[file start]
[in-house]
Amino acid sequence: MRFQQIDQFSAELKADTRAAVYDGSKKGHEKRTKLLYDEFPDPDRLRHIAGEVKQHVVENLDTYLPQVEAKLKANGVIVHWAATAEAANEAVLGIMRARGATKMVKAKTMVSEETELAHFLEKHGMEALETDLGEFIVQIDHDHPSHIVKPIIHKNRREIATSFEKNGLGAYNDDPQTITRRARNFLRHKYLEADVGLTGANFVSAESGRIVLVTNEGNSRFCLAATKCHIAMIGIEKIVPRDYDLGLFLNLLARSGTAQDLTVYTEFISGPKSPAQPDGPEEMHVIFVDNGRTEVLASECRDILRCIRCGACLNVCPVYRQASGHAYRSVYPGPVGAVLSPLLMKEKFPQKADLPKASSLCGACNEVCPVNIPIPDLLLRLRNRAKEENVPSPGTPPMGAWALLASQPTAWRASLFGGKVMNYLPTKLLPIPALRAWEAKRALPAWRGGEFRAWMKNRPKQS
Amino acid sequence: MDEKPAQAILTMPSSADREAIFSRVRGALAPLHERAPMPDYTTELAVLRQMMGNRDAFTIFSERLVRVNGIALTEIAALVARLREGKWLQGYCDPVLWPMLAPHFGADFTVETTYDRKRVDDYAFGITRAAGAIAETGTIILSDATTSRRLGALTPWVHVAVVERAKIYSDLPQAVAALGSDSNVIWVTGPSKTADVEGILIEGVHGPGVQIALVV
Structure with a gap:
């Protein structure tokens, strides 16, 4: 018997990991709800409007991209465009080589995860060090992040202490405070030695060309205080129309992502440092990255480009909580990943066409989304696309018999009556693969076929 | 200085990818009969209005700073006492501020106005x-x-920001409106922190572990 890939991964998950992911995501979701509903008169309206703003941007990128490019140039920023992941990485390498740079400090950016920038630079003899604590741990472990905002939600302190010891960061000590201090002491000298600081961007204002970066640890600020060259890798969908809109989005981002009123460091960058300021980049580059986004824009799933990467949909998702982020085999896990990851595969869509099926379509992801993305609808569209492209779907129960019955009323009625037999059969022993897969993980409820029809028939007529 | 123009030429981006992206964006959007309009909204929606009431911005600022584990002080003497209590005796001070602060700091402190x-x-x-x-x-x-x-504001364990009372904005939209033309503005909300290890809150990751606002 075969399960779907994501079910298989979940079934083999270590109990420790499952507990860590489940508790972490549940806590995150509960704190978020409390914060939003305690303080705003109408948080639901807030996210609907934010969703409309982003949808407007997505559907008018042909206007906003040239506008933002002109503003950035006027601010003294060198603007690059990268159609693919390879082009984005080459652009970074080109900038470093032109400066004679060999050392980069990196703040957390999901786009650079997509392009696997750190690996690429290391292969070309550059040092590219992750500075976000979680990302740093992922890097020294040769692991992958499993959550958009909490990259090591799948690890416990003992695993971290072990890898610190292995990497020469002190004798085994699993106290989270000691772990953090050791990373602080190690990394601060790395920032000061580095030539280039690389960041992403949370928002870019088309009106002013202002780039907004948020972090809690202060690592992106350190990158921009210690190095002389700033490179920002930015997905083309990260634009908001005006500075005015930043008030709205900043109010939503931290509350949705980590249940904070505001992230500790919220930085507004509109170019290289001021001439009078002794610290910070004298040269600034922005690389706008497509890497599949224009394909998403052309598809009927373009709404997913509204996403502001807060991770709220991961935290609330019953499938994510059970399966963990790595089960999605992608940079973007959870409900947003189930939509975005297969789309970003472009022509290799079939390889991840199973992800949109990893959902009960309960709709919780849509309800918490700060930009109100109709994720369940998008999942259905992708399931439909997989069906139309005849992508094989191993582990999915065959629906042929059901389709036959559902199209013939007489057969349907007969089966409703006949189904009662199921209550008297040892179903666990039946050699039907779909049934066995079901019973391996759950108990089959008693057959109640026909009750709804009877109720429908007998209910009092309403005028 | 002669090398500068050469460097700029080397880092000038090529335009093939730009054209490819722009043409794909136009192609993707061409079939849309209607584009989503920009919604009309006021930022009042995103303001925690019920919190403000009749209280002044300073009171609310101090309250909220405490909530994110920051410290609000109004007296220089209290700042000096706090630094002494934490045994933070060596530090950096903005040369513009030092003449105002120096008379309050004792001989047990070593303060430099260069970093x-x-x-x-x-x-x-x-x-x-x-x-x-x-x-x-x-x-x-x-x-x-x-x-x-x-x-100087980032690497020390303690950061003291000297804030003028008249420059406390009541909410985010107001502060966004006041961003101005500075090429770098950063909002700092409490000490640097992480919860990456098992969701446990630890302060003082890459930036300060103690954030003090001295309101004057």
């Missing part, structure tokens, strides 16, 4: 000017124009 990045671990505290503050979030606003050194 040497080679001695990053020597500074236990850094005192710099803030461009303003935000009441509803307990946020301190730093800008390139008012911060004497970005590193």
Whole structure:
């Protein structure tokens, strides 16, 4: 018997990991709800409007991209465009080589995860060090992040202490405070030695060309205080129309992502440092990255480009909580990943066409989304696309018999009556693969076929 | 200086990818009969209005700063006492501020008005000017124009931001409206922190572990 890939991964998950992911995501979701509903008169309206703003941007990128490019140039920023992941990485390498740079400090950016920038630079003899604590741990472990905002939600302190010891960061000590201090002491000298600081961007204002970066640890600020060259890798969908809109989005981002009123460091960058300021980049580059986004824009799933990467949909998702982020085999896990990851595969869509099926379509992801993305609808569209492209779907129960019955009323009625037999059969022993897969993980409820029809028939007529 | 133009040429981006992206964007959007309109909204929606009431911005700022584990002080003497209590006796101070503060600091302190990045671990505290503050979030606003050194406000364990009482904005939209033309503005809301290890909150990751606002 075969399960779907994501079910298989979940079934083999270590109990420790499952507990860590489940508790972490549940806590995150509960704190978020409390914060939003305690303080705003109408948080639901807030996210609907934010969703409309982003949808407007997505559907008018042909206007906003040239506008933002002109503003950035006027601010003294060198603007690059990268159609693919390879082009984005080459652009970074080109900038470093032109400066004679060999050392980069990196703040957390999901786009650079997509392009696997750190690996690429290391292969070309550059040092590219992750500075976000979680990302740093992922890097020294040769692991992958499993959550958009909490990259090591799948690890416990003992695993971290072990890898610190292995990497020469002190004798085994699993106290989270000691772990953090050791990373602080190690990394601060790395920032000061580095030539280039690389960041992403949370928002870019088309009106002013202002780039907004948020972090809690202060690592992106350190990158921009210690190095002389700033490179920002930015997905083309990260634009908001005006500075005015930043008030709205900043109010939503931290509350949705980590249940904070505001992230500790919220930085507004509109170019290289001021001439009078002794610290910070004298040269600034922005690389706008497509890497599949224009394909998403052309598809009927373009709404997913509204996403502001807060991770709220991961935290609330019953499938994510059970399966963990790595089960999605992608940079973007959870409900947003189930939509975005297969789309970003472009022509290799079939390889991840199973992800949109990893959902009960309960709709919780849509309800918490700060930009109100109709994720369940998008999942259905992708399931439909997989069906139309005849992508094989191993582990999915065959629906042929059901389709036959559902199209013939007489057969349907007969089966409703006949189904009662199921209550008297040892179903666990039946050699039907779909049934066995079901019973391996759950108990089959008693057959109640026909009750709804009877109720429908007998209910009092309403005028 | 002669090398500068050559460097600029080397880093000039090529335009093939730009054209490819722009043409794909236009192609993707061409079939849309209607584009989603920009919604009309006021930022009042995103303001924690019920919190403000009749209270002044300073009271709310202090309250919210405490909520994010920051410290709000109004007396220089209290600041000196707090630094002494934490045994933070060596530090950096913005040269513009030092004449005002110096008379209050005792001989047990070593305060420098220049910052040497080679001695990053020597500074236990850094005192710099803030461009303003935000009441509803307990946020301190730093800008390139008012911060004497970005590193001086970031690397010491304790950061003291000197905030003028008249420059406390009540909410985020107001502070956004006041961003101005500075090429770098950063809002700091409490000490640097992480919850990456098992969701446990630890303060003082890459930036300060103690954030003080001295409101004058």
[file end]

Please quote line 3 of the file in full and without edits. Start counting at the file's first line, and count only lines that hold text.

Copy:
Amino acid sequence: MDEKPAQAILTMPSSADREAIFSRVRGALAPLHERAPMPDYTTELAVLRQMMGNRDAFTIFSERLVRVNGIALTEIAALVARLREGKWLQGYCDPVLWPMLAPHFGADFTVETTYDRKRVDDYAFGITRAAGAIAETGTIILSDATTSRRLGALTPWVHVAVVERAKIYSDLPQAVAALGSDSNVIWVTGPSKTADVEGILIEGVHGPGVQIALVV